Illinois Moves Closer To Accepting Crypto for Taxes, but Not Considering Legal Tender Status

Illinois state Rep. Margaret Croke hopes for clearer guidance at the federal level in the wake of President Biden’s recent executive order


Illinois state Rep. Margaret Croke | Source:


key takeaways

  • Illinois state representative sponsors another bill aimed at bringing regulatory clarity to the space
  • Illinois will not be taking after other states looking to establish bitcoin as legal tender

A bill that would allow the Illinois Department of Revenue (IDR) to accept crypto payments as easily as it accepts credit card transactions has moved forward to the state Senate. 

House bill 5287, sponsored by Illinois state Representative Margaret Croke, would allow the IDR to create rules and regulations around accepting cryptocurrencies as a payment method. The IDR has expressed interest in being able to process digital asset payments similar to how it accepts credit cards, Croke said, sparking the inspiration behind the bill.

“When the state of Illinois accepts a credit card payment for the purposes of collecting revenue, for taxes or other payments, we have a third party processor,” Croke, a Democrat representing Illinois’ 12th District, said. “Similarly, we would have a situation where someone, if they chose to pay via cryptocurrency, would go through a crypto processor and then the state of Illinois would receive US dollars.” 

The IDR will have final say over which types of payments it allows to be made in cryptocurrency, Croke said, but it could potentially apply to businesses looking to pay taxes in digital assets.

The bill passed the House and moved to the Illinois Senate in late February. Croke said there should not be “any issues” in moving the bill forward in the next month or so. 

While the measure may sound similar to efforts in Arizona and California to establish bitcoin as legal tender, Croke made it clear that Illinois is only interested in operating within the current rules. According to the Constitution, defining “legal tender” falls under the power of Congress, she acknowledged. 

“What I don’t want to happen is that as a state we move so quickly that we end up having to roll back or get usurped by the federal government,” Croke said.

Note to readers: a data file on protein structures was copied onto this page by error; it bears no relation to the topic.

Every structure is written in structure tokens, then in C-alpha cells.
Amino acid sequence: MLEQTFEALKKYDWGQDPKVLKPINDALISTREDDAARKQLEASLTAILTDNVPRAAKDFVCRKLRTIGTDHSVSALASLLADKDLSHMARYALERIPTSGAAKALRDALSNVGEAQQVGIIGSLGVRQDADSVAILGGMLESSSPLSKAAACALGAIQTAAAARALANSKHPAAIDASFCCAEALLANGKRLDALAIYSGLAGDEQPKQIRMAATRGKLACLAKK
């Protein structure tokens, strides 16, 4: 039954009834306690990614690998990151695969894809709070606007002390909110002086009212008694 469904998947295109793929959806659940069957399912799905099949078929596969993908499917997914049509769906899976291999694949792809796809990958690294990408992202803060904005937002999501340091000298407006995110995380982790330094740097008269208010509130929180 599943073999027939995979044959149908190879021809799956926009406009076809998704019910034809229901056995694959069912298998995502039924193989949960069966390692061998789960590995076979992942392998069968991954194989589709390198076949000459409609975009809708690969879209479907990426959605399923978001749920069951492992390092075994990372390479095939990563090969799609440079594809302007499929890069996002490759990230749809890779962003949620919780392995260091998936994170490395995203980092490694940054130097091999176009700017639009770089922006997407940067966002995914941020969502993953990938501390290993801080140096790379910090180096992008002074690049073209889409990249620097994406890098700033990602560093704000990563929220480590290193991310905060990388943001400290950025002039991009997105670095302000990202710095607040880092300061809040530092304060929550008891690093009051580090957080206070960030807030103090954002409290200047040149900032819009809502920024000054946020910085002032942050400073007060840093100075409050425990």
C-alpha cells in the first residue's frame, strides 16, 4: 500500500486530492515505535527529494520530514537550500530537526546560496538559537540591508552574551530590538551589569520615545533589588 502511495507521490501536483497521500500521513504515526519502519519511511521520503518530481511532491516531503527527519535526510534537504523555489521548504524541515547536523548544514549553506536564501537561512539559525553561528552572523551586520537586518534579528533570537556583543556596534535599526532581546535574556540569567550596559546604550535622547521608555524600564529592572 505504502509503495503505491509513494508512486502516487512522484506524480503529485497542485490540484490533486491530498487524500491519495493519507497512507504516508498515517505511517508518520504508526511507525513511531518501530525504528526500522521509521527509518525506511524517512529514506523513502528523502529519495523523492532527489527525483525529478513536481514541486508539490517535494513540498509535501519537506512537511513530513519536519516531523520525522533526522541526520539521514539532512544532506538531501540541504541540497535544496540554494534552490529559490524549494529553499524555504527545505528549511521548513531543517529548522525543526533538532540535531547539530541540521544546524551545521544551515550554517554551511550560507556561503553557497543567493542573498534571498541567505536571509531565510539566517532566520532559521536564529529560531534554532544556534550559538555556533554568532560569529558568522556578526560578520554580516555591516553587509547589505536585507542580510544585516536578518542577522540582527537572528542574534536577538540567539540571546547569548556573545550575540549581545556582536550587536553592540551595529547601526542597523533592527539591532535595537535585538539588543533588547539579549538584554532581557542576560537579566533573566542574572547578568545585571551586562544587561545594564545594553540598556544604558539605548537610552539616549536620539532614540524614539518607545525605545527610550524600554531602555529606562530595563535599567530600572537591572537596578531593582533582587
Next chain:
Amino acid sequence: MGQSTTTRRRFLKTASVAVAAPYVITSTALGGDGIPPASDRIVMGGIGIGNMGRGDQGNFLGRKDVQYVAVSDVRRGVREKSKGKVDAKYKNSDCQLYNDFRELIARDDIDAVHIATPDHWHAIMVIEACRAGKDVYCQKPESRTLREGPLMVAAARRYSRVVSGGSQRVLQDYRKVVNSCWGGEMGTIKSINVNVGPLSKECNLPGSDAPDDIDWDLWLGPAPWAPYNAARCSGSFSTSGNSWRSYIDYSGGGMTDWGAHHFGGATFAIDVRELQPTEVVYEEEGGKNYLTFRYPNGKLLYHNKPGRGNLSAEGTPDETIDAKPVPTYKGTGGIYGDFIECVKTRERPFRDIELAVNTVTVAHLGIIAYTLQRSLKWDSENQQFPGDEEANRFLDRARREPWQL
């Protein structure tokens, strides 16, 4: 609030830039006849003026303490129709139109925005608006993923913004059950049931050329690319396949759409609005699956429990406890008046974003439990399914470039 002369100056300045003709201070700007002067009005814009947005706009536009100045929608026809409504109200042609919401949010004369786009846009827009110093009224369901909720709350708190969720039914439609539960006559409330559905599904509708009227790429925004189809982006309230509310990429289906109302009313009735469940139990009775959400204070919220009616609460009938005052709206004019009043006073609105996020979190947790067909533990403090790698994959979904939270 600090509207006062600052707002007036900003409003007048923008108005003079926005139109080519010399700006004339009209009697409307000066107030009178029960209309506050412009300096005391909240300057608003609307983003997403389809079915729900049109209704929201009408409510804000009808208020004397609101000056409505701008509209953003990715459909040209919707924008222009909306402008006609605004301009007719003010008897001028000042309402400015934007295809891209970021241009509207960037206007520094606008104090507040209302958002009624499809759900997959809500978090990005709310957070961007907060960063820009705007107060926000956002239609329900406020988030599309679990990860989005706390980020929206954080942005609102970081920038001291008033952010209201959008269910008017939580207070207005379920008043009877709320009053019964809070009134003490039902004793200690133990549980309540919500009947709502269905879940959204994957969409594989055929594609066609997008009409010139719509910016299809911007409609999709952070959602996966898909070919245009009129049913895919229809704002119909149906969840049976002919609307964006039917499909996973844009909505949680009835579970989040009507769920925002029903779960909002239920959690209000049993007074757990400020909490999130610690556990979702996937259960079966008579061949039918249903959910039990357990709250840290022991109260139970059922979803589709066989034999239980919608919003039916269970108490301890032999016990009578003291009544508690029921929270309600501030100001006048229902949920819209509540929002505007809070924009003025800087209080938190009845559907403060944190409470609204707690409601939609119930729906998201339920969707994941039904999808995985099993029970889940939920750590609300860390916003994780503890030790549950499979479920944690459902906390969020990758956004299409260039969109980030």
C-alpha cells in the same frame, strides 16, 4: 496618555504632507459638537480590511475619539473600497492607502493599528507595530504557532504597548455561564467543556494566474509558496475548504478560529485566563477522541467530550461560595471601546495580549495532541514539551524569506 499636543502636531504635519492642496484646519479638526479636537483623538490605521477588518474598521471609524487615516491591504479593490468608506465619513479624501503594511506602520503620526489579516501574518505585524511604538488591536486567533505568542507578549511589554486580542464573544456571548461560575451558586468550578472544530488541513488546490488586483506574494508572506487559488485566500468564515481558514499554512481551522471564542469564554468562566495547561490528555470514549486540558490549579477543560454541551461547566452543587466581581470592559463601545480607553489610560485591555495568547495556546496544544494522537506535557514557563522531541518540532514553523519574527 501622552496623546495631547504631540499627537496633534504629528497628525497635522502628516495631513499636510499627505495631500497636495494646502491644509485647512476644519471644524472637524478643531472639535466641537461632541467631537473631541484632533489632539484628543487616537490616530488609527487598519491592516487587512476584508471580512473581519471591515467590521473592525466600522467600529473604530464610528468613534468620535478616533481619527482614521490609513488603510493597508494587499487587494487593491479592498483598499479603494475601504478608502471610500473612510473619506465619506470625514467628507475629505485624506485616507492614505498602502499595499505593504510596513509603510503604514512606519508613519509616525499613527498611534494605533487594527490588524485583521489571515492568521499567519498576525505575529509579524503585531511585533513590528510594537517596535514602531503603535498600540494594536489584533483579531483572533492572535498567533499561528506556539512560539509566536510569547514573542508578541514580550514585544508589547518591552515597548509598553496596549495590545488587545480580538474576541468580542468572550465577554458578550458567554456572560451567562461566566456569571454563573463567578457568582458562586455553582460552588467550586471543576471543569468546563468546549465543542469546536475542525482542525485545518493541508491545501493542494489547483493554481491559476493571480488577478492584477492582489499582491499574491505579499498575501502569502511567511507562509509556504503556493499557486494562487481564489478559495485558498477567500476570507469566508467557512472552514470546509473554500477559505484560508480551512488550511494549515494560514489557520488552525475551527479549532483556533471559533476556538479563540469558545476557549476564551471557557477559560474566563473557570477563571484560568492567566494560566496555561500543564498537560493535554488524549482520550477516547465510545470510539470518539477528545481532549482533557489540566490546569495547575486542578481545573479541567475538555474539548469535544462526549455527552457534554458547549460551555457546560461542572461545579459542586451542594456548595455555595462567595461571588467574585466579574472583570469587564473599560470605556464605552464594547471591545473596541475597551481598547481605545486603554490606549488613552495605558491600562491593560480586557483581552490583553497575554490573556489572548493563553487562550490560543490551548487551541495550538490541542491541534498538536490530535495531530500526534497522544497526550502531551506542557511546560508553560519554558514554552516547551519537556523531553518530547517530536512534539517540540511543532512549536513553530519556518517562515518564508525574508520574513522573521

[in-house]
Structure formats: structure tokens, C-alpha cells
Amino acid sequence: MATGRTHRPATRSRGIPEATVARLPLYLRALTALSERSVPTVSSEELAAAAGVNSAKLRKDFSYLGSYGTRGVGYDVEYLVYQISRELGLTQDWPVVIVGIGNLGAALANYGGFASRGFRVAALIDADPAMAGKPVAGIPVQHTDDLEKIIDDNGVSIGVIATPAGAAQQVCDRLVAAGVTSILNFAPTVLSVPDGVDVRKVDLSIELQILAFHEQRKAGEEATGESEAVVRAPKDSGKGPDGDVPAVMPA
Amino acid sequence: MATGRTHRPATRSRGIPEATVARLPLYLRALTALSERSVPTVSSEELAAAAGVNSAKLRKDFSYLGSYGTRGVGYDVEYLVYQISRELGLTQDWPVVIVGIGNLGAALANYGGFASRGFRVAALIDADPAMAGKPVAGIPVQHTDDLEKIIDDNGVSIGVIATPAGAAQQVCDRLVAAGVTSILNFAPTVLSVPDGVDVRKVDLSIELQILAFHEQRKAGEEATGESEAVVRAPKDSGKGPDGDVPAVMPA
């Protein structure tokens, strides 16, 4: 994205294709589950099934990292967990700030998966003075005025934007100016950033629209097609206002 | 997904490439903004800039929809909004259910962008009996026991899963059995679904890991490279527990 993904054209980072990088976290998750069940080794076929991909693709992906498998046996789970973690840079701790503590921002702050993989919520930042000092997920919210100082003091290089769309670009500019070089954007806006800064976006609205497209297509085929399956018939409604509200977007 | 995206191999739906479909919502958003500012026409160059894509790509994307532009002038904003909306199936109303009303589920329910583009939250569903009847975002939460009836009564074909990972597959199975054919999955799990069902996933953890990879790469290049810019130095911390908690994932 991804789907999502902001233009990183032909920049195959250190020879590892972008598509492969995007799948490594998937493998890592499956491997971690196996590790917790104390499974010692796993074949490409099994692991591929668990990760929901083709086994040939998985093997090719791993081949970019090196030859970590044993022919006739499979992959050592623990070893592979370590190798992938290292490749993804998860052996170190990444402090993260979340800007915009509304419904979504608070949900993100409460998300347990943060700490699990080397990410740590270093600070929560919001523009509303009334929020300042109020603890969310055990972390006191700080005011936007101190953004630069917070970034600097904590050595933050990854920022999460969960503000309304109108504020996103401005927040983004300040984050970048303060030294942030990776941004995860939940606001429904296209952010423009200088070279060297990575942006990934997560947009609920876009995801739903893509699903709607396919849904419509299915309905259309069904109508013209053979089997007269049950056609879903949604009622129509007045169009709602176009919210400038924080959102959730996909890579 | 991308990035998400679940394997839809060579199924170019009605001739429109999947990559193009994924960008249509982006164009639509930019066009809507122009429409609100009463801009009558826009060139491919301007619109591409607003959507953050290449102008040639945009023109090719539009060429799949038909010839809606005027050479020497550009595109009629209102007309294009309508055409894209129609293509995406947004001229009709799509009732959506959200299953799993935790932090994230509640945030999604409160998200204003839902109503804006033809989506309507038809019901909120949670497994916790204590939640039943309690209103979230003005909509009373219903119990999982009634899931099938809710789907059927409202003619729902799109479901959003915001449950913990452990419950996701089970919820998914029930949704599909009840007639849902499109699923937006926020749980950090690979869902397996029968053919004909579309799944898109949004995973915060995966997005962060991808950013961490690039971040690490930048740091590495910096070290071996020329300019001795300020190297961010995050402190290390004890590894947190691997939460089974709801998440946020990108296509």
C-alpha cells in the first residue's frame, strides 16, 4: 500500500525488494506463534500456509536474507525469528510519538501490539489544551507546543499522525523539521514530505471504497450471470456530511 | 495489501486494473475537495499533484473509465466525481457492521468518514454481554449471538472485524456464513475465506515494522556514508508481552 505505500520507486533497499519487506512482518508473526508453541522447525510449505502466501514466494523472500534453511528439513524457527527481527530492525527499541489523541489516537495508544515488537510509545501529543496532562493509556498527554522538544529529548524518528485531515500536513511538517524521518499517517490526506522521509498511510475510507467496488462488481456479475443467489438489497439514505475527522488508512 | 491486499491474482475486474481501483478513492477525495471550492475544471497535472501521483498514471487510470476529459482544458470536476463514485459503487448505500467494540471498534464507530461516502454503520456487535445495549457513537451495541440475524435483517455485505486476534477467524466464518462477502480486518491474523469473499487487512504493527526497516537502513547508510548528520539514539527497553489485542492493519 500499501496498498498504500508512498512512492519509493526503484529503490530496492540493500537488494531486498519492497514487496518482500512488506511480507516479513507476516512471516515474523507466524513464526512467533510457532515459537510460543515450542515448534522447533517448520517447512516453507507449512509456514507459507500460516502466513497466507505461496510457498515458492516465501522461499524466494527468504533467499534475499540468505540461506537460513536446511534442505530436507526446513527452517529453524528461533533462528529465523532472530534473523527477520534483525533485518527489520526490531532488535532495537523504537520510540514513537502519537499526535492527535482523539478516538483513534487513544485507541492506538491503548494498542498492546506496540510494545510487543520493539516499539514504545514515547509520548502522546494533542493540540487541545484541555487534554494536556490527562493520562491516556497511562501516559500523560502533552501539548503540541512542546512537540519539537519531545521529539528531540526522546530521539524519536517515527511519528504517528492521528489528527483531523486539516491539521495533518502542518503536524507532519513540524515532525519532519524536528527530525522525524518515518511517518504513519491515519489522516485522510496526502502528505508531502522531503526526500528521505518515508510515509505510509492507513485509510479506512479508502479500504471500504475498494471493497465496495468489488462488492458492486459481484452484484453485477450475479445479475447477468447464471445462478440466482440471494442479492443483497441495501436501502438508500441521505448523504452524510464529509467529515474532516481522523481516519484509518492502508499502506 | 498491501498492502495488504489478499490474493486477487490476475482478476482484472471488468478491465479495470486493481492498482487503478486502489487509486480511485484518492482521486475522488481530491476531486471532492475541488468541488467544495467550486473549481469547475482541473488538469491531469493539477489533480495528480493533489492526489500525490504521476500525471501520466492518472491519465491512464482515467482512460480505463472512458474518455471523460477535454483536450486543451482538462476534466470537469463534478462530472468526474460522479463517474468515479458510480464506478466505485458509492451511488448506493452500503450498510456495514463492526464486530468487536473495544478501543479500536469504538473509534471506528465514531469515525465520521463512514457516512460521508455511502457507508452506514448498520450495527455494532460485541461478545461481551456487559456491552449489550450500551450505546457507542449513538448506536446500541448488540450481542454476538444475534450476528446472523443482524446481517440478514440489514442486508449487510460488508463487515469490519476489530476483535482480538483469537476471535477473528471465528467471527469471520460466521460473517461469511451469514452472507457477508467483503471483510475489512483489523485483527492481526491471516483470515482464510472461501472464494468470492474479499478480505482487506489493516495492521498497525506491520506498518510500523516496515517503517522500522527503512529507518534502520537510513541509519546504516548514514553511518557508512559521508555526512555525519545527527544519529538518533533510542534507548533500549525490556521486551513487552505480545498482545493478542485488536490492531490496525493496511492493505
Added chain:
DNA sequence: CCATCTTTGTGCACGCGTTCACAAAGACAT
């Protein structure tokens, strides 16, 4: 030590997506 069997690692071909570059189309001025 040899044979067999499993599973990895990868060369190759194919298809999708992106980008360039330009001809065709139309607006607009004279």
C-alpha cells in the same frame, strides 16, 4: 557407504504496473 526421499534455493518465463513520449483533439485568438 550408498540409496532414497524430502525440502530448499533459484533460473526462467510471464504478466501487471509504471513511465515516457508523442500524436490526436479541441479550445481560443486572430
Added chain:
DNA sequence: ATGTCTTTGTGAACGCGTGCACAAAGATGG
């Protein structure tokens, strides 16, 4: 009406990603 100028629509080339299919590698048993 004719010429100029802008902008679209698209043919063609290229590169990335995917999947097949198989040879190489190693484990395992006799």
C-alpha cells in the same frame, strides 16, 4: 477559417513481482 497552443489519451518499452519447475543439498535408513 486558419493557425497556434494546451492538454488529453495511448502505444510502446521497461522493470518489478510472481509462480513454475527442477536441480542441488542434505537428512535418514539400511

“I don’t want to get to a point where someone has been operating a business for a year in Illinois, and all of a sudden, the federal government comes in and says, ‘you’ve got to change everything you’ve been doing.’” 

Regardless of the legislative branch’s power, action from the federal government has been slow, Croke said. The recent executive order from the Biden administration shows that digital asset regulation is being thought about on a federal level, but clear guidelines are necessary, she added. 

“I always joke when we don’t know what to do in the legislature, we create a task force or a report,” Croke said. “That being said, I’m glad that there is this level of motivation…to really dive into the topic and give clear direction on what the Biden animation administration wants to around cryptocurrency.” 

Another crypto-focused billl that Croke sponsored is slated for a revamp following new guidance from the Office of the Comptroller of the Currency in a somewhat rare case of federal policy moving more quickly than state legislation.

House bill number 3968, a digital assets-focused proposal that would allow financial technology companies in the state to hold cryptocurrencies, passed the Souse in April 2021 and made it to the state Senate before the OCC ruling came out.

“The bill applied to existing banking institutions chartered with the State of Illinois, and now they don’t need to be included in this legislation because they’ve received the guidance that they needed on the federal level,” Croke said. “Now it just applies to new special purpose trust companies.”

HB 3968 is technically still in the Senate, but before it is introduced to the House, Croke hopes to file a new bill in the Senate. The Illinois state House, Croke said, tends to be more progressive than the Senate when it comes to cryptocurrency.

“Not necessarily two words you always hear together in the political sphere: progressives and cryptocurrency,” she said. “Cryptocurrency is still a very novel idea for a lot of people.”

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